Mastering the art of distraction doesn’t require any special skills, just things to do. They can be as simple as just going outside and taking a nice long look at nature if the item of your longing is in your own home. Go for a walk, a drive, look at the clouds. Think about yourself, that you are worth the pain of deprivation of candy and daggumit, you’re not going to be sick and tired forever.

If just going outside is not far enough away to silence the calling of one’s name, go shopping, window shopping, walking, anywhere but there. In the event that you really can’t go anywhere and it’s getting really really drastic, maybe you found yourself in the parking lot of the doughnut shop, I only have one thing for that and it’s pretty harsh. I don’t know if you the reader are ready. I know I wasn’t ready when I had to do the thing that I did, some things you can’t undo, some things you can’t un-see.

Someone once asked me “what would you want to hear?” in regards to talking to someone newly diagnosed with diabetes, after discussing my own introduction to diabetes. I told them if I had a do-over, I would want the truth. I wouldn’t want a cookbook, a prescription, and a lecture about being fat and lazy and how I needed to lose some weight. I wish my doctor would have told me to avoid sugar at all costs. I wish he would have told me to test my blood sugar, not just test, but when and why. I wish he would have had me keep a food log so that maybe I would not have had to be sick and tired for so freaking long, and just not eat the crap that spikes me. I also wish my doc would have shown me the thing that hopefully I have prevented, that thing I did instead of eating what ever I wanted, that thing that I can not un-see, I wish he would have shocked me.

The biggest form of distraction for me, the thing that put my name on the “do not call” list at candy aisle and check our lanes everywhere was the day I googled complications of diabetes, diabetic feet. It wasn’t so bad at first and then I clicked images. Those pictures are what finally put it through my head that there was no food on this earth worth that.

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5 thoughts on “The Art of Distraction

  1. I am a doctor who has chosen to stay home and homeschool my kids this past year. I have undergone HUGE nutritional changes, in both my family and me. Anyhow, the line about “I wish the doctor would have shocked me…told me NO sugar…” Makes me so upset at my profession and me. We KNOW how to control blood sugars! Why do we cop out and say our patients don’t have the willpower to do it? If we present empty carbohydrates (sugars, grains, potato) as totally absolute not an option…perhaps we’d get closer to success. But to continue to allow, even encourage diabetics, to include these kinds of carbohydrates is, in my mind, a lie and doing harm. Carrots, nuts, squash, fruit—those are diabetic carbohydrate nutrient dense options. Doctors just are not trained in nutrition even though we have the physiology and biochemistry knowledge to succeed here. Sorry for the rant!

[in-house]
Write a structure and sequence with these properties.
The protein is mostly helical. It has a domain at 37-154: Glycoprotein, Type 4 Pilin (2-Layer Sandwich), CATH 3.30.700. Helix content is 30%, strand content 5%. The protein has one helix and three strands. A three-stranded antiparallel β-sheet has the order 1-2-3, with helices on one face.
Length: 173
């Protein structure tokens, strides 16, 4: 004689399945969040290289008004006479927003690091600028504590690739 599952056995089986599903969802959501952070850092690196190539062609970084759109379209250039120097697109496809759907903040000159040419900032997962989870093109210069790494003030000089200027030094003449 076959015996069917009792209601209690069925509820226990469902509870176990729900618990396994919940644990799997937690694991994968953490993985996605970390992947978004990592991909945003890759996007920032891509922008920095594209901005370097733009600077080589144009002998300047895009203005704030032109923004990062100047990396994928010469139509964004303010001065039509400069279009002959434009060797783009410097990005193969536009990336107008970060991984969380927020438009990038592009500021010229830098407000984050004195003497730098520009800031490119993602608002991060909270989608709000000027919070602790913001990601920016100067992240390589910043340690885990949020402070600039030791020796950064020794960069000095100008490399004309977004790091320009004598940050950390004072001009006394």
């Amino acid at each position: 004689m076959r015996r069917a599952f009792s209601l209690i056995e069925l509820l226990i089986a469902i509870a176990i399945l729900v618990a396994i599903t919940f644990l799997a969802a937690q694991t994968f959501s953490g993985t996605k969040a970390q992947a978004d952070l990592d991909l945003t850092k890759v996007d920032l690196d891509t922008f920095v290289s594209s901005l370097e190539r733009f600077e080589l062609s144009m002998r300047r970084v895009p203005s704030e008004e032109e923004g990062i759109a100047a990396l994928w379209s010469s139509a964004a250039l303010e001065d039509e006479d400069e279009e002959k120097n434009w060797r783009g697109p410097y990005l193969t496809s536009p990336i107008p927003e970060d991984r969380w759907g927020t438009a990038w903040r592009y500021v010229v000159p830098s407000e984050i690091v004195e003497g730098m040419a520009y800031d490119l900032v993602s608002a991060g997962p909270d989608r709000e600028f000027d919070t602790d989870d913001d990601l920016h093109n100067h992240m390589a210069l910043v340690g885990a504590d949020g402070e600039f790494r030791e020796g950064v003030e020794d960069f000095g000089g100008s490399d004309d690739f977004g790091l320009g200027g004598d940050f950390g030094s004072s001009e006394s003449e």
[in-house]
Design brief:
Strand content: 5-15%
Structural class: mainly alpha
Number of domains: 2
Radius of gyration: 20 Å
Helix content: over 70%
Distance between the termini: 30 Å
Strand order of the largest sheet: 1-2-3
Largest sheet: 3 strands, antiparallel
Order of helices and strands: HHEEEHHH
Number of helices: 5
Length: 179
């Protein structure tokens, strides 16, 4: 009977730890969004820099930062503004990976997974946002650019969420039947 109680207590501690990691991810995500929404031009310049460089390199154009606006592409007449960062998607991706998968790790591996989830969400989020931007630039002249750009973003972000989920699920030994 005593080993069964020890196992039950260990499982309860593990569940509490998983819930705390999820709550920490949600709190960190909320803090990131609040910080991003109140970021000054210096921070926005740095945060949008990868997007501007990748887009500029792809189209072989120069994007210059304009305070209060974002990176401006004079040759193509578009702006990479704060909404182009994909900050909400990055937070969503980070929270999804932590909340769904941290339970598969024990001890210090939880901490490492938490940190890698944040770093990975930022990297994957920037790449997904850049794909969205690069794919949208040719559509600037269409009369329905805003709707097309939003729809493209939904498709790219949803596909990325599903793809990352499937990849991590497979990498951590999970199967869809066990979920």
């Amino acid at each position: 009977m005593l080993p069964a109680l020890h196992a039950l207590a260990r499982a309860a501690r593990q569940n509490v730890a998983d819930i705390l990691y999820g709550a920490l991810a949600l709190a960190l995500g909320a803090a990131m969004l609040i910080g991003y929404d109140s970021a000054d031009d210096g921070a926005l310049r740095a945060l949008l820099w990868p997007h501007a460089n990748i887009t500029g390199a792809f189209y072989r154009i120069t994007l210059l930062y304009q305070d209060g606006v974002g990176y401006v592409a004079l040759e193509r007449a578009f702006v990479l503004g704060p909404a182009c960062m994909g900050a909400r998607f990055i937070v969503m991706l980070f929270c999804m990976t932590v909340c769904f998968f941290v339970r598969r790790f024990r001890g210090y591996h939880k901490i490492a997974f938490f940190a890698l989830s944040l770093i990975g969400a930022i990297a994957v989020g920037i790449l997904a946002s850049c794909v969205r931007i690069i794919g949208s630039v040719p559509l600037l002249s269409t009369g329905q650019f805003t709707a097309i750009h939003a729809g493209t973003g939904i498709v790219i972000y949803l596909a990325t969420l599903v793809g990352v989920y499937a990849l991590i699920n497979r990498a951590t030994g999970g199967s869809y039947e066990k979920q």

• No problem, rant on!! Nine out of ten people who have seen my changes ask me how I did it only to tell me that they can’t live without (pasta, bagels, candy, pizza), so I completely understand. Most of us patients would rather up the dosage, but a scrapbook of complications might persuade the ones on the fence. Pharmaceutical companies, food manufacturers, and insurance companies no doubt make y’all’s careers more difficult when it comes to patients and lifestyle changes.

      • All true. But it makes me sad; especially watching my immediate family (mom, dad, sisters) succumb. I ate the same way until I had time to stay home and actually read and start looking into my own health issues. So I know how hard it is, but I don’t want to go back to that place. I wish you the best! Good luck!